Man found guilty in 1987 murder Former convictions in girlfriend's killing had been overturned by appeals court

November 06, 1993|By Mike Farabaugh | Mike Farabaugh,Staff Writer

A 49-year-old Baltimore auto mechanic who twice had first-degree murder convictions overturned by the Maryland Court of Special Appeals was again found guilty in Harford Circuit Court yesterday.

The jury of six men and six women deliberated about 90 minutes before returning its guilty verdict against Ethel "Dino" Watson for beating and strangling his 21-year-old, pregnant Washington girlfriend at an Edgewood motel in 1987.

Charges were not pursued in the death of a 5-month fetus carried by the victim, prosecutors said at the time, because a state medical examiner determined the fetus would not have lived if it had been born at the time of the crime.

Circuit Judge Cypert O. Whitfill, citing the overwhelming evidence presented by the state, imposed a life sentence on Watson, allowing 1,960 days credit for time served.

The judge also cited the victim's having been allowed to suffer before Watson called for an ambulance and his displaying no remorse at the time of the killing or during the trial.

Testimony during the two-week trial indicated that Watson and the victim, Jeanette Denise "Rose" Hill, had checked into the Chase Manor Motel in Edgewood about 2 p.m. on Sept. 13, 1987.

Witnesses said Watson called for emergency medical assistance at 5:20 p.m.

When paramedics arrived, Ms. Hill's body already had begun to stiffen, leading investigators to conclude that she had been dead for a couple of hours before Watson had summoned help.

A state medical examiner agreed and said bruises on the neck showed that Ms. Hill had died from manual strangulation.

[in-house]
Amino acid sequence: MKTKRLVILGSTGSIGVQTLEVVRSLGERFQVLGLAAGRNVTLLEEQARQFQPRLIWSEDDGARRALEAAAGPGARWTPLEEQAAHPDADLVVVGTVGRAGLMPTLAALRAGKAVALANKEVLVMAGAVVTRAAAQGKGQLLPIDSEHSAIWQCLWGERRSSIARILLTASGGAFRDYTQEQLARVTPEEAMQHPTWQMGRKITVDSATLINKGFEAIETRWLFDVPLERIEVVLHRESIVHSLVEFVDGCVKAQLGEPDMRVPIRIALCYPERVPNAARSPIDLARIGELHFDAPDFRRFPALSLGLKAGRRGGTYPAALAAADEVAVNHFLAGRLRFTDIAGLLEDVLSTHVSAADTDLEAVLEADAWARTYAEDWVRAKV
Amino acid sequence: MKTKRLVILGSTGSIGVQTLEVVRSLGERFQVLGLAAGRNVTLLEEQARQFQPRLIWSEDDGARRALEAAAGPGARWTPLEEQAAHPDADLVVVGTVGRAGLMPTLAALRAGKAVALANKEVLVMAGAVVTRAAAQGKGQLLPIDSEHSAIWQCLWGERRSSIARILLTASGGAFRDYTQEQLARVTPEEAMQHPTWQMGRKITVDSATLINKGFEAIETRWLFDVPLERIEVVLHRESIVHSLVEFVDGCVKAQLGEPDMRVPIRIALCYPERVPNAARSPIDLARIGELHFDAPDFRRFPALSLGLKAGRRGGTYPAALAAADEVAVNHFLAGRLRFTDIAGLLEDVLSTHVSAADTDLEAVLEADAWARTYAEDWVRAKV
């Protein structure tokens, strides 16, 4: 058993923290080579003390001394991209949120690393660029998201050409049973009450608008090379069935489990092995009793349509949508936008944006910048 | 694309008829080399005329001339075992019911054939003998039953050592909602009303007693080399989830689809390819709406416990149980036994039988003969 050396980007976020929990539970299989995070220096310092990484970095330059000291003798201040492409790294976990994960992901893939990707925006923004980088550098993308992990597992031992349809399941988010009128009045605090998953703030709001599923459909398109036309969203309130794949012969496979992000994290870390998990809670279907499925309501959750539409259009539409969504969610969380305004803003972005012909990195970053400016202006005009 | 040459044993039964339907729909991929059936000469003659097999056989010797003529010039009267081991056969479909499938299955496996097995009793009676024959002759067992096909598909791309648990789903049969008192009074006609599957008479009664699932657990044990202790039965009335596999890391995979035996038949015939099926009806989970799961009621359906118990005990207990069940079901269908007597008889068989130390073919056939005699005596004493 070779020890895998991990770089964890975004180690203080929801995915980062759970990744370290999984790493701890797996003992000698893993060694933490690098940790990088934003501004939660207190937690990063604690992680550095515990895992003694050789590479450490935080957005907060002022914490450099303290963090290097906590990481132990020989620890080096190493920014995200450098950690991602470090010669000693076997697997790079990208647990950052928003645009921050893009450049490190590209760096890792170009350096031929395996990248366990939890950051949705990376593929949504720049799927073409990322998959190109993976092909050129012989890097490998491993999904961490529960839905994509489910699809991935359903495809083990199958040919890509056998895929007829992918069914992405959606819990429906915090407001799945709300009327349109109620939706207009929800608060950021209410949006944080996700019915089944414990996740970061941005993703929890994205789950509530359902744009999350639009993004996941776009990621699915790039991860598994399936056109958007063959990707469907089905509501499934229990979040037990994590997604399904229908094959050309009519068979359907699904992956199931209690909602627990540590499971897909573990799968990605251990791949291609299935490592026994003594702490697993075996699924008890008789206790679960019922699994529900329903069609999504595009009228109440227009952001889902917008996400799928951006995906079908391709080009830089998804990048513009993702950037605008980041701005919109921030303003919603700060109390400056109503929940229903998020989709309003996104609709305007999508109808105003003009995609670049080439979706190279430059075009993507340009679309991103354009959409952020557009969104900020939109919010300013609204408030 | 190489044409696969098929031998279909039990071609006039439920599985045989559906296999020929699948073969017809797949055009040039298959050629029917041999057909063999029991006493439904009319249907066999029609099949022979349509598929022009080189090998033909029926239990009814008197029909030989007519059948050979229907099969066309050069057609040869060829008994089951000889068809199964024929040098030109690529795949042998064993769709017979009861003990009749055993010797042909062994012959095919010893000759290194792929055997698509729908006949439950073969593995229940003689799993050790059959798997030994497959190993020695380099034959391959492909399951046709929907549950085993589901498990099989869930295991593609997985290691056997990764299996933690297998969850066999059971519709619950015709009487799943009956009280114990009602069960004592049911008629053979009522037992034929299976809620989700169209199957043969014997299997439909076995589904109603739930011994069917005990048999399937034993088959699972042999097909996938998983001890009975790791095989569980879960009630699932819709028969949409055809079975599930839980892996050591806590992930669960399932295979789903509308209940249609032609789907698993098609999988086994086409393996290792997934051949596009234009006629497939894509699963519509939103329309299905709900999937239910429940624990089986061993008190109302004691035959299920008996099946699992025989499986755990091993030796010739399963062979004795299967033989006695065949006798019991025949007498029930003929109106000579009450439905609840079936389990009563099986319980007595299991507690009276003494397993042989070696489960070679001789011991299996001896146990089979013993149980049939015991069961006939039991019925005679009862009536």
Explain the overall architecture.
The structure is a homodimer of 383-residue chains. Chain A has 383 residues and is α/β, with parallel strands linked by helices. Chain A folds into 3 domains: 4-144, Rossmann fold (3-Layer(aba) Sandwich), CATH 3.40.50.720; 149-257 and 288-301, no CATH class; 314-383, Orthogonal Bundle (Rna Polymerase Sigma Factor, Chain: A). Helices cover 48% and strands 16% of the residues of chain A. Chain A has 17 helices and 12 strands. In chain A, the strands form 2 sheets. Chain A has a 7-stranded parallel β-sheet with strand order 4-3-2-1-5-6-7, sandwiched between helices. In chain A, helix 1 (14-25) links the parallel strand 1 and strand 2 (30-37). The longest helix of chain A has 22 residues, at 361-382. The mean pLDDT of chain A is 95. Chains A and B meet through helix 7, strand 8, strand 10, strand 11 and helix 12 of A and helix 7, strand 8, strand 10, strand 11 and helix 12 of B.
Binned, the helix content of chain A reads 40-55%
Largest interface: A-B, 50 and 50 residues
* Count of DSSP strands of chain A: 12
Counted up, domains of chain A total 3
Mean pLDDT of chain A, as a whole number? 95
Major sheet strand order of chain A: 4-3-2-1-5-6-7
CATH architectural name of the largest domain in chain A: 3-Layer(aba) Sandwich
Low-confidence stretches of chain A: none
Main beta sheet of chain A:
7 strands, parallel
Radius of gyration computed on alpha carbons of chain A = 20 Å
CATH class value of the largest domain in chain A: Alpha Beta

The unborn fetus had died of blunt-force blows to Ms. Hill's abdomen, causing the mother life-threatening injuries.

Watson's first conviction and sentencing to life in prison in 1988 were set aside because the jury was allowed to hear testimony that the defendant had a rape conviction eight years before Ms. Hill was found dead at the motel on U.S. 40.

The special appellate court ruled that the trial judge had erred in allowing the jury to hear about the prior conviction.

After Watson's second trial in 1991, the conviction was overturned again on appeal because hearsay testimony was accepted into evidence.

The state Court of Special Appeals ruled that the jury was erroneously permitted to hear the deceased woman's father testify that she had told him that "a boy named Robert was the father of the child she was carrying."

In closing remarks yesterday, prosecutor M. Elizabeth Bowen chastised the defense for parading character witnesses before the jury who essentially only testified that Watson was an excellent auto mechanic.

Eric P. Macdonnell, the public defender for Watson, called the police investigation shoddy, contending detectives never seriously looked for any suspect other than his client, who called them to the crime scene.

Mr. Macdonnell asked the jury to consider why anyone would plan to commit murder, as the state was contending, and then sign his own name and write his own address in the motel register.

Co-prosecutor Hans Miller, in rebuttal, said Watson did not have to plan the murder of Ms. Hill for any long period to be guilty of premeditation. As he strangled the victim, he had time to realize he was murdering her, Mr. Miller said.

"Detectives didn't have to go looking for the murder weapon," said Mr. Miller, pointing at the defendant. "The murder weapon -- the hands of Ethel Watson -- are in this courtroom today."

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